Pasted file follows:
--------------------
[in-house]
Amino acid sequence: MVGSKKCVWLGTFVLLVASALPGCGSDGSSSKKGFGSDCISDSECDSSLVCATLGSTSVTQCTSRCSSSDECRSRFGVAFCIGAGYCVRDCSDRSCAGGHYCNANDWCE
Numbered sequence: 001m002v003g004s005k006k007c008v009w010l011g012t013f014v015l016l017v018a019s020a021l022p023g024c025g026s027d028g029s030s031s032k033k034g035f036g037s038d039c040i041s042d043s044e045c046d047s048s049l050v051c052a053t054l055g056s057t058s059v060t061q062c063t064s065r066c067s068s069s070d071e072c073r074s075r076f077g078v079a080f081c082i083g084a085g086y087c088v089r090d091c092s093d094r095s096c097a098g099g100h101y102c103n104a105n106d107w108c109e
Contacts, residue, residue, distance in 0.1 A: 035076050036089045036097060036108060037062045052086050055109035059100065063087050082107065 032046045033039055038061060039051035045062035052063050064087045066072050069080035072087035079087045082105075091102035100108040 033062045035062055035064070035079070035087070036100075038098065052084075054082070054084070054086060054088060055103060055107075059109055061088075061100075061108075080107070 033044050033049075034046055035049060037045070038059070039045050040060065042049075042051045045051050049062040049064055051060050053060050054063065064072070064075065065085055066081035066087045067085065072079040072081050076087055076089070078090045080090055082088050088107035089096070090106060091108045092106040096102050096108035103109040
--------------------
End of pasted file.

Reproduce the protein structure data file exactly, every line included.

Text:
[in-house]
Amino acid sequence: MVGSKKCVWLGTFVLLVASALPGCGSDGSSSKKGFGSDCISDSECDSSLVCATLGSTSVTQCTSRCSSSDECRSRFGVAFCIGAGYCVRDCSDRSCAGGHYCNANDWCE
Numbered sequence: 001m002v003g004s005k006k007c008v009w010l011g012t013f014v015l016l017v018a019s020a021l022p023g024c025g026s027d028g029s030s031s032k033k034g035f036g037s038d039c040i041s042d043s044e045c046d047s048s049l050v051c052a053t054l055g056s057t058s059v060t061q062c063t064s065r066c067s068s069s070d071e072c073r074s075r076f077g078v079a080f081c082i083g084a085g086y087c088v089r090d091c092s093d094r095s096c097a098g099g100h101y102c103n104a105n106d107w108c109e
Contacts, residue, residue, distance in 0.1 A: 035076050036089045036097060036108060037062045052086050055109035059100065063087050082107065 032046045033039055038061060039051035045062035052063050064087045066072050069080035072087035079087045082105075091102035100108040 033062045035062055035064070035079070035087070036100075038098065052084075054082070054084070054086060054088060055103060055107075059109055061088075061100075061108075080107070 033044050033049075034046055035049060037045070038059070039045050040060065042049075042051045045051050049062040049064055051060050053060050054063065064072070064075065065085055066081035066087045067085065072079040072081050076087055076089070078090045080090055082088050088107035089096070090106060091108045092106040096102050096108035103109040